Online retailers use the Internet to reach a broader audience in order to promote and sell products. However, as online technology has evolved, so have the expectations of the growing number of shoppers.
Customers now expect a quality online shopping experience. A website that is poorly conceived and poorly designed will yield poor results. Merchants who plan to attract and keep consumers must create visually inviting sites that satisfy the demands of their customer base.
Quality images matter
Product presentation is key to increasing customer loyalty and generating sales. Merchants need to understand two concepts before they post images online: Consistency and quality.
Betsy Emery, CEO of TELLUS, an award-winning web design firm, says “consistency and quality of product images directly impact conversion rate.” Consumers who browse products on websites want to see the products they’re considering for purchase represented by the highest quality image possible.
The best way to get high-quality images is to hire a professional photographer. In addition, the ideal set-up is for products to be photographed in a professional studio where proper lighting can be ensured.
It’s worth the expense to do so, because “pictures sell,” said Sheila Dahlgren, senior vice president of marketing at Scene7, provider of on-demand rich media, a tool allowing websites and ads to contain multimedia components such as audio, video or special effects. “People do not buy what they cannot see, so the higher the quality and resolution of your imagery, the better your results will be.”
To qualify as a high-resolution image, a picture must be taken with a camera that supports 15 megapixels or more. Most digital cameras used by nonprofessional photographers operate with three to seven megapixels. A camera needs a minimum of eight megapixels to produce images that will enlarge well.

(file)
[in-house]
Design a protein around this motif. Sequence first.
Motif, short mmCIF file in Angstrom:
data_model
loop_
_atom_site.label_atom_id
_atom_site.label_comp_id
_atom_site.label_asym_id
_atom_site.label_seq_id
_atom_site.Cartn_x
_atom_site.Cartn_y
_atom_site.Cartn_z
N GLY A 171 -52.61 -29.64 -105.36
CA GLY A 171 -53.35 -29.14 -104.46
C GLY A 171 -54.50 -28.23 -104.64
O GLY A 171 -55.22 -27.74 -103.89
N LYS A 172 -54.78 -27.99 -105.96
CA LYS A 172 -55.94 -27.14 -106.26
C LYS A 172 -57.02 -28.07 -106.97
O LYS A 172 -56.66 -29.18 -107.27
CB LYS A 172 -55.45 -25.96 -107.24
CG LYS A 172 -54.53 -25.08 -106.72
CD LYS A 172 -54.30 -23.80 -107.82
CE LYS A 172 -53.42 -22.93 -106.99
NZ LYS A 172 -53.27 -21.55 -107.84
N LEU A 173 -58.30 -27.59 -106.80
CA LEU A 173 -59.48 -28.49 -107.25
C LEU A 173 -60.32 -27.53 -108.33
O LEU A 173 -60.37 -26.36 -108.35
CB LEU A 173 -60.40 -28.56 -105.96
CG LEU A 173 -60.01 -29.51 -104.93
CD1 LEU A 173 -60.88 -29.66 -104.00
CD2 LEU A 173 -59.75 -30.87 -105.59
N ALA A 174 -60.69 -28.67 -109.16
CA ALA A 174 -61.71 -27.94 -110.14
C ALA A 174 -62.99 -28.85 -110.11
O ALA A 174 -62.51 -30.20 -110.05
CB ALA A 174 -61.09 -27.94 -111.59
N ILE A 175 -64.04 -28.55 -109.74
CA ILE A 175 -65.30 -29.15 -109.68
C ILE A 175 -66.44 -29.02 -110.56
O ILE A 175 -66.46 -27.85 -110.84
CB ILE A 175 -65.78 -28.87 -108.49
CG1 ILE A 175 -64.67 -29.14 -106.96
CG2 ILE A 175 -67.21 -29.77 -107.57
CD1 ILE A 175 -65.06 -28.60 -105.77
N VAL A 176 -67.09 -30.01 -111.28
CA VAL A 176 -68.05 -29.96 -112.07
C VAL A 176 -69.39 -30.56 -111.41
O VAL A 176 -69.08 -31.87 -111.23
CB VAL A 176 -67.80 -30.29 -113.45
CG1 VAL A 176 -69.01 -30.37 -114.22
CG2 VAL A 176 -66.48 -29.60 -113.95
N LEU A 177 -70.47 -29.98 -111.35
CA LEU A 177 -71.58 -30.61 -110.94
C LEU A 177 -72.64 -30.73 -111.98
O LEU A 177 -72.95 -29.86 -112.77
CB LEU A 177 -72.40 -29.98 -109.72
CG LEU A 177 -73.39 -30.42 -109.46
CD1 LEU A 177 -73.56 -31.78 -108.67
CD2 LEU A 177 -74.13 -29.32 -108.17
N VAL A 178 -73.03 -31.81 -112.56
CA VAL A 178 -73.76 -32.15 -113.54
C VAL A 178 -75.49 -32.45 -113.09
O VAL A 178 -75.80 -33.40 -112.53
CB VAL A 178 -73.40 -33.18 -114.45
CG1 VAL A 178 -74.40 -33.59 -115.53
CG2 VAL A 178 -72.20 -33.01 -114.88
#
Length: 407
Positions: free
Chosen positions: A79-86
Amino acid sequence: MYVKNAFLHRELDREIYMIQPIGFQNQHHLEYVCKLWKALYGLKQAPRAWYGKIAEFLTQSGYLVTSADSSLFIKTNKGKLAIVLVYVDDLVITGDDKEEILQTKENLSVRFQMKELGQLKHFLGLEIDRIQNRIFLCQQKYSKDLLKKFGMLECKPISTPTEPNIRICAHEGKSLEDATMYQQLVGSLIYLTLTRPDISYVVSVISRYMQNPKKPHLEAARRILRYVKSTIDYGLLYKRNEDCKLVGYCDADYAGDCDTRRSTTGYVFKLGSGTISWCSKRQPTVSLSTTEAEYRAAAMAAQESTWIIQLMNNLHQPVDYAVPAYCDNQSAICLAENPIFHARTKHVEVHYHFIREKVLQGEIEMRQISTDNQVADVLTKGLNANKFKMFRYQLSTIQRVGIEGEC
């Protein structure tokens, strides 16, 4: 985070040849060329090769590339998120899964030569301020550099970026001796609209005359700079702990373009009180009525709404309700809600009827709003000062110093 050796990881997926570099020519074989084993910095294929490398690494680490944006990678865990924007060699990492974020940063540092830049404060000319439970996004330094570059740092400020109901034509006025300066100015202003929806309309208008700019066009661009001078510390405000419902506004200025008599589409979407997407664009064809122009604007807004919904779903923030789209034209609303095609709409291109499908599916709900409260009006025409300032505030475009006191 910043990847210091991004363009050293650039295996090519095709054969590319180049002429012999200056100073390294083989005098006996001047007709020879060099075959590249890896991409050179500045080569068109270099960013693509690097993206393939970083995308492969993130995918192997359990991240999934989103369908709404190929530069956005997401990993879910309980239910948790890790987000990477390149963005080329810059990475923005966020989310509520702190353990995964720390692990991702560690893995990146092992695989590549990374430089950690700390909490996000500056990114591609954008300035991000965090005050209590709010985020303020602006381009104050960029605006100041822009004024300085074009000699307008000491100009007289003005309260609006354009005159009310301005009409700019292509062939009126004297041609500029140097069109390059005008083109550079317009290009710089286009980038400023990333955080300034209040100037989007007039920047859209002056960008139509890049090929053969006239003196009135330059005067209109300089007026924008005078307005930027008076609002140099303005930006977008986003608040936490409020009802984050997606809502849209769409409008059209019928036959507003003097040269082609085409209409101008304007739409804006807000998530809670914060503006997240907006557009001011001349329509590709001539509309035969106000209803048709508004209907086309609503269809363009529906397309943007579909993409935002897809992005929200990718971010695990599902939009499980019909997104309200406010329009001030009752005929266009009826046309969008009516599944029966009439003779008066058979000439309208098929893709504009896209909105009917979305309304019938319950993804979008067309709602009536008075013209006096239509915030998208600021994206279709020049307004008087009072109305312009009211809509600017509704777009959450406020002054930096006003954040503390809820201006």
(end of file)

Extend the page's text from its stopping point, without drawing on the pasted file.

“Unless your digital camera meets these requirements, you should skip the idea of using your own digital camera and take your products to the nearest studio-grade photographer,” Dahlgren said.
“In some cases, you can use product images that have been provided directly by the vendor, but make sure you hire a good web designer who can maintain the consistency of the images used throughout your website,” Emery added.
Professionally-taken images of your products will instill trust and confidence in your customers. Conversely, if the product images are difficult to see or do not show details, they will actually have a negative impact on what and how much your customers purchase.
“The importance of quality photography is twofold: Merchandising of the product and brand identity of the website,” Emery said. “Successful merchandising provides enough visual imagery to support the purchase. Brand identity plays a large role in user confidence; [customers feel] they are purchasing from a reputable and reliable source.”
Since customers cannot touch or feel the merchandise when they browse a website, the quality of the image plays an even greater role in helping consumers decide if the product is right for them.
“Customers convert at a much higher rate and buy more when the product imagery on a site is better,” said Dahlgren. “Customers are three times more likely to buy online when retailers offer rich imagery with the ability to zoom, pan, and see color options and alternative views of the merchandise, along with the products presented in context or on a model.”